Retail industry stock prices as of 3/26/2021 are higher than the average stock price since the start of Q42020. Market-to-book values for many firms within the industry are trading under 3x, including CVS Health ($CVS) and Aramark ($ARMK), both of which have several billions of dollars in cash on hand. The M/B ratio compares a company’s market value to its book value. The market value of a company is its share price multiplied by the number of shares outstanding. The book value is the net assets of the company. A lower M/B ratio could mean stocks are undervalued. However, it could also mean something is fundamentally wrong with the company. The P/B ratio also indicates whether you’re paying too much for what would remain if the company went bankrupt immediately. The P/B ratio has been favored by value investors for decades and is widely used by market analysts. Traditionally any value under 1 is considered a good P/B for value investors, indicating a potentially undervalued stock. However, value investors may often consider stocks with a P/B value under 3 as their benchmark. What counts as a “good” price-to-book ratio will depend on the industry in question and the overall state of valuations in the market. For example, between 2010 and 2020 there was a steady rise in the average price-to-book ratio of the technology companies listed on the Nasdaq stock exchange, roughly tripling during that period. An investor assessing the price-to-book ratio of one of these technology companies might therefore choose to accept a higher average price-to-book ratio, as compared to an investor looking at a company in a more traditional industry in which lower price-to-book ratios are the norm.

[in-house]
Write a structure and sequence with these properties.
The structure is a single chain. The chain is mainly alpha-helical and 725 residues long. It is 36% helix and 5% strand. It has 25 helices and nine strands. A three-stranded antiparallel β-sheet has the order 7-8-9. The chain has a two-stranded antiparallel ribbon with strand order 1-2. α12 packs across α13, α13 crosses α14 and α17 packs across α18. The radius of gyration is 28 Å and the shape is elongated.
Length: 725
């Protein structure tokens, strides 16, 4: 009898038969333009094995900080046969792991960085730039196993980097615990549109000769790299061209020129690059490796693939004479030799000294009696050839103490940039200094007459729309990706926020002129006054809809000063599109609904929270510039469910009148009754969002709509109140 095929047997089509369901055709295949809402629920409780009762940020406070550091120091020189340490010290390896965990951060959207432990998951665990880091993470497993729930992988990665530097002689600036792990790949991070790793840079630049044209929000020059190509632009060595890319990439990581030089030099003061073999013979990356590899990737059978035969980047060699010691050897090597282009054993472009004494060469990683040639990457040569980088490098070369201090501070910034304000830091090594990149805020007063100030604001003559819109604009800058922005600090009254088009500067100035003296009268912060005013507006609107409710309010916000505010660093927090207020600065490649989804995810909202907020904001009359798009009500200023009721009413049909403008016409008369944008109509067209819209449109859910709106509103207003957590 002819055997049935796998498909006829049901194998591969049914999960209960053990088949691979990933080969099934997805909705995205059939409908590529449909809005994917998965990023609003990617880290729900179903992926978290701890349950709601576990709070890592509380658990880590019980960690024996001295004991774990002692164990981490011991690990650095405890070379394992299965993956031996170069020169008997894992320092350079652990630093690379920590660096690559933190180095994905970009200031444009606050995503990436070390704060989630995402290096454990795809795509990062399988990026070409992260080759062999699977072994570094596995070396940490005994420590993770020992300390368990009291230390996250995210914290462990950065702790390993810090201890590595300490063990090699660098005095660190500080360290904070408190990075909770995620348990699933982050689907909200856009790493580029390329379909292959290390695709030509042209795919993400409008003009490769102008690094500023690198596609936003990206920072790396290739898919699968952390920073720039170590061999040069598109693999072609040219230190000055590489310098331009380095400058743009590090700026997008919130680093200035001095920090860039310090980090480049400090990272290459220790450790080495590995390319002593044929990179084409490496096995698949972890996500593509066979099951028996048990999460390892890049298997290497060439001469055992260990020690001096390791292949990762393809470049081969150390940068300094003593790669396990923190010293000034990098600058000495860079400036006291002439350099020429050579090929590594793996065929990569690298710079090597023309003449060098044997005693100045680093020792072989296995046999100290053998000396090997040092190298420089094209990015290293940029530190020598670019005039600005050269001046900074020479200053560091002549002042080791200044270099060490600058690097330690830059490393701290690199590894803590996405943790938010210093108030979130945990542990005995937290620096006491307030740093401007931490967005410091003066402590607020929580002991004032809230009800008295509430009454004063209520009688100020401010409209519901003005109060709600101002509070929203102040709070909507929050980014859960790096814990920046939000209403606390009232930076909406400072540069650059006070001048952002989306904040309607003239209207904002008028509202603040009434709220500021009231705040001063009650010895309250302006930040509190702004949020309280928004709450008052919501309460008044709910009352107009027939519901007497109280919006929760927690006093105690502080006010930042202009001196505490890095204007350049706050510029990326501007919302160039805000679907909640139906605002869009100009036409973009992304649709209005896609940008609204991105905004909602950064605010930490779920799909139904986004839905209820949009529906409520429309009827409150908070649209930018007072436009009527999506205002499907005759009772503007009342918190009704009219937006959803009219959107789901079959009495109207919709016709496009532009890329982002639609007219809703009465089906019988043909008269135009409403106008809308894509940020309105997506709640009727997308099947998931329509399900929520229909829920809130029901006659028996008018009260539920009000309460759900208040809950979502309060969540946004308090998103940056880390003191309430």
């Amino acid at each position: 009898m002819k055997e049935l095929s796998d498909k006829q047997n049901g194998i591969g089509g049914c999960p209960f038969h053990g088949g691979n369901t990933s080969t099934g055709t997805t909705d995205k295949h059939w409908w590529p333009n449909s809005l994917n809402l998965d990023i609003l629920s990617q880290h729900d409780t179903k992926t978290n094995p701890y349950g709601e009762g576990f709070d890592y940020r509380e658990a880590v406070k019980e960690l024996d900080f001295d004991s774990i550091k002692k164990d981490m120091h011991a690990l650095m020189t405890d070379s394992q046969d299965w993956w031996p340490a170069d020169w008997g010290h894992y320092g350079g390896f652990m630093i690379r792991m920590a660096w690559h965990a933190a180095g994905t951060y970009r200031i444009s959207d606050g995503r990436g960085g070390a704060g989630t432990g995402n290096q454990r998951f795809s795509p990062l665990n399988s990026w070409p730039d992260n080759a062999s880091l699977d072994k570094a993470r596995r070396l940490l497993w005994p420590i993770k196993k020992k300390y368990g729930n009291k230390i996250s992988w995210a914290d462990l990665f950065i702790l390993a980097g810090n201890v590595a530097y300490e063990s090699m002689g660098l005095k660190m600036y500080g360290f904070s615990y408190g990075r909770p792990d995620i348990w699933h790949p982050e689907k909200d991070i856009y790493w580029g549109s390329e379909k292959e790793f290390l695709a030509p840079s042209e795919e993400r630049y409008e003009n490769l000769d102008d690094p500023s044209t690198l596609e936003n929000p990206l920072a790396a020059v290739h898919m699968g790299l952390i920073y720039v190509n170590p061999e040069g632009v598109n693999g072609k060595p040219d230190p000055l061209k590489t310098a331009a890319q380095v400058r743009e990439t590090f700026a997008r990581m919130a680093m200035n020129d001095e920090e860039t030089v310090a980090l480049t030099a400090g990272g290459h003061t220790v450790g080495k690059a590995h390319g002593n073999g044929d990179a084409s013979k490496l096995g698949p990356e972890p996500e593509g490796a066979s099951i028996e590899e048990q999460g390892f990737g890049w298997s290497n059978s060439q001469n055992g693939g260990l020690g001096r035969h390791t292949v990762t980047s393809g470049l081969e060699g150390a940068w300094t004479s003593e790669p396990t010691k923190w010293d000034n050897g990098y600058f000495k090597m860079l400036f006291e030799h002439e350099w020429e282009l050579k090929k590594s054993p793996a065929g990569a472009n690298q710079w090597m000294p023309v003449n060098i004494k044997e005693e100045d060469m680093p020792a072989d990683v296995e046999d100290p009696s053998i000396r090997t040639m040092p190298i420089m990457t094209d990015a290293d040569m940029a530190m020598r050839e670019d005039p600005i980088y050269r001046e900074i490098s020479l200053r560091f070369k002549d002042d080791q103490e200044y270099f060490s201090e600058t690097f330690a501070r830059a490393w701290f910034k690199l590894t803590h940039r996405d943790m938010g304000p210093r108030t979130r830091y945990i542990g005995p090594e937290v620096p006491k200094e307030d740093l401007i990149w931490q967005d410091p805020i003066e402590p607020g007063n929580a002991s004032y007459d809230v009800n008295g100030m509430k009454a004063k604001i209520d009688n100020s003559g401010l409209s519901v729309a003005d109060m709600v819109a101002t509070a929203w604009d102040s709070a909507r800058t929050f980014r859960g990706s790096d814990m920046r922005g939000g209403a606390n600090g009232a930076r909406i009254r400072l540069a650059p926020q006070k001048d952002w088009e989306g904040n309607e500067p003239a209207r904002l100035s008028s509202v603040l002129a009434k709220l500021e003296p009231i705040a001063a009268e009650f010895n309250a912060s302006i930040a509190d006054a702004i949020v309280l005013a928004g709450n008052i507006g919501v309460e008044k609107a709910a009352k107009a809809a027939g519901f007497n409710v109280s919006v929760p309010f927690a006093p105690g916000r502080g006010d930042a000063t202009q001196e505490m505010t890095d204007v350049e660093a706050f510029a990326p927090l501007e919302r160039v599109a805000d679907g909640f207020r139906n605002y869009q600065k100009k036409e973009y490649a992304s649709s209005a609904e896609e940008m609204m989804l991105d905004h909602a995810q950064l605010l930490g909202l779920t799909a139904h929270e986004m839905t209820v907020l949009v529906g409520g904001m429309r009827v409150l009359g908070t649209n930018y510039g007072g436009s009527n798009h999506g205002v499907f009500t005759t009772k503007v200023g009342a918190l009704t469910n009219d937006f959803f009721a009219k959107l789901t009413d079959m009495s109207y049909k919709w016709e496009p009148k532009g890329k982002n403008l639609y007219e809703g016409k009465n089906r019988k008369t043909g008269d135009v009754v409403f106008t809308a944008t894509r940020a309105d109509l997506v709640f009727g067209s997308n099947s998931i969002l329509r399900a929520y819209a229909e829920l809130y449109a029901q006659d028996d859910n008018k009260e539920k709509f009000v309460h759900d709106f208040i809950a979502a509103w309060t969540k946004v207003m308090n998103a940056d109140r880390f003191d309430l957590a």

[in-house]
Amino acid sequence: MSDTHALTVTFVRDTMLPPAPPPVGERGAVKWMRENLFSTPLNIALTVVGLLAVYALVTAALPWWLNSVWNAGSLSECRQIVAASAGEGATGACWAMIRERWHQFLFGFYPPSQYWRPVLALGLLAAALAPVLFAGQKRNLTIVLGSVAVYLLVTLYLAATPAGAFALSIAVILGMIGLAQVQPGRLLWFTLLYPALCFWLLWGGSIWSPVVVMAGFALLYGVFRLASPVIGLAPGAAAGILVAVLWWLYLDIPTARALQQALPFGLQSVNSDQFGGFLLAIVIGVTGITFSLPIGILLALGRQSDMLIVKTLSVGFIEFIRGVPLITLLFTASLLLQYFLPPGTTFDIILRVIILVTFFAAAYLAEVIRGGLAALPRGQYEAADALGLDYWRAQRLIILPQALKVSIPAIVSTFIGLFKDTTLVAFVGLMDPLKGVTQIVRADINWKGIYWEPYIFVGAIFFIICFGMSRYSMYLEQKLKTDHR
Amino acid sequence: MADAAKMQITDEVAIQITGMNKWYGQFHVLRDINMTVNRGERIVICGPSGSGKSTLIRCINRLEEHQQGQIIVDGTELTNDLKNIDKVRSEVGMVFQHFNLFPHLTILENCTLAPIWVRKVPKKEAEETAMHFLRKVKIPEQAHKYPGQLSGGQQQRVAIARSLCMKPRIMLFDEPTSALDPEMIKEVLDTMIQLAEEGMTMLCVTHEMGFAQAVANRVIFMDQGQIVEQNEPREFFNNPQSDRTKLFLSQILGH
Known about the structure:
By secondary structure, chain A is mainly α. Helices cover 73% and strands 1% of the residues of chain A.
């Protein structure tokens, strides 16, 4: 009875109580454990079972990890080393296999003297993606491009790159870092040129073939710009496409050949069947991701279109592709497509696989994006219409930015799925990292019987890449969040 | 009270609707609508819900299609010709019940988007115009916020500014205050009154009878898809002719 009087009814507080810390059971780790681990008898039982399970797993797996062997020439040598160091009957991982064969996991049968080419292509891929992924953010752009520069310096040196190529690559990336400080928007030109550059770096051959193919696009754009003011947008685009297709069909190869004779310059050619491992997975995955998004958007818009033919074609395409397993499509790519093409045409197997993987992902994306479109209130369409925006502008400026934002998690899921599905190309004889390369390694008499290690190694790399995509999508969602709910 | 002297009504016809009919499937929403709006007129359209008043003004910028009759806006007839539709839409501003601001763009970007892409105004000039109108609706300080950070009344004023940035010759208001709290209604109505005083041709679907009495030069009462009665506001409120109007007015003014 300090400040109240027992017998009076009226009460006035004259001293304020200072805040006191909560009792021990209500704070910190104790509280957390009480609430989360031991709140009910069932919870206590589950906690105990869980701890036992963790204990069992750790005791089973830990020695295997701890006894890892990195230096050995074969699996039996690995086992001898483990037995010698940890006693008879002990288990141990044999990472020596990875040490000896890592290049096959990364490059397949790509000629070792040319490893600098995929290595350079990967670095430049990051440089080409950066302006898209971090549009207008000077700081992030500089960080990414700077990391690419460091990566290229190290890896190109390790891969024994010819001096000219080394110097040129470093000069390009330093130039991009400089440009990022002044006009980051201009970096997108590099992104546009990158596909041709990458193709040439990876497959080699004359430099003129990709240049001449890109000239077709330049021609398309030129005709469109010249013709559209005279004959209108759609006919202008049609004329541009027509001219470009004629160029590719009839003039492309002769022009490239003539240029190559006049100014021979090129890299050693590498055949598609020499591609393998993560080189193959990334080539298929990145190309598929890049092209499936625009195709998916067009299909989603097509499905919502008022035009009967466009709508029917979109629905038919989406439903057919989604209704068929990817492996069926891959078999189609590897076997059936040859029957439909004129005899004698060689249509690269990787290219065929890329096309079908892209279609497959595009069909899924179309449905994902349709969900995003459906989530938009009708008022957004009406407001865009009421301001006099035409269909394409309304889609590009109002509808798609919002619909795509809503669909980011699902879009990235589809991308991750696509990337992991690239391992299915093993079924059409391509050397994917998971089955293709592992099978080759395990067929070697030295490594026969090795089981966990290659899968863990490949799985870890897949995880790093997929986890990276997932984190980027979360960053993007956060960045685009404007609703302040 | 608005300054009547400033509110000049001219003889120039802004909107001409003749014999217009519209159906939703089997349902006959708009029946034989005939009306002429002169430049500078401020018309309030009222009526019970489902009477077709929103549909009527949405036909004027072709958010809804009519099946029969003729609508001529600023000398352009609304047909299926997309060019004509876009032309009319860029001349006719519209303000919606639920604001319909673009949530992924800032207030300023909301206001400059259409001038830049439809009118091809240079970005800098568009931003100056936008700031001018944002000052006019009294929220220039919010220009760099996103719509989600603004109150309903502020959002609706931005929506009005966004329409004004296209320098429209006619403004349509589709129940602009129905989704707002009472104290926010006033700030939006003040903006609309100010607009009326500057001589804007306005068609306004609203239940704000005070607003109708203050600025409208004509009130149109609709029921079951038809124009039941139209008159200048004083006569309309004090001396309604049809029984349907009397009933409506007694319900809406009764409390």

Assume that a company has $100 million in assets on the balance sheet and $75 million in liabilities. The book value of that company would be calculated simply as $25 million ($100M - $75M). If there are 10 million shares outstanding, each share would represent $2.50 of book value. If the share price is $5, then the P/B ratio would be 2x (5 / 2.50). This illustrates that the market price is valued at twice its book value.
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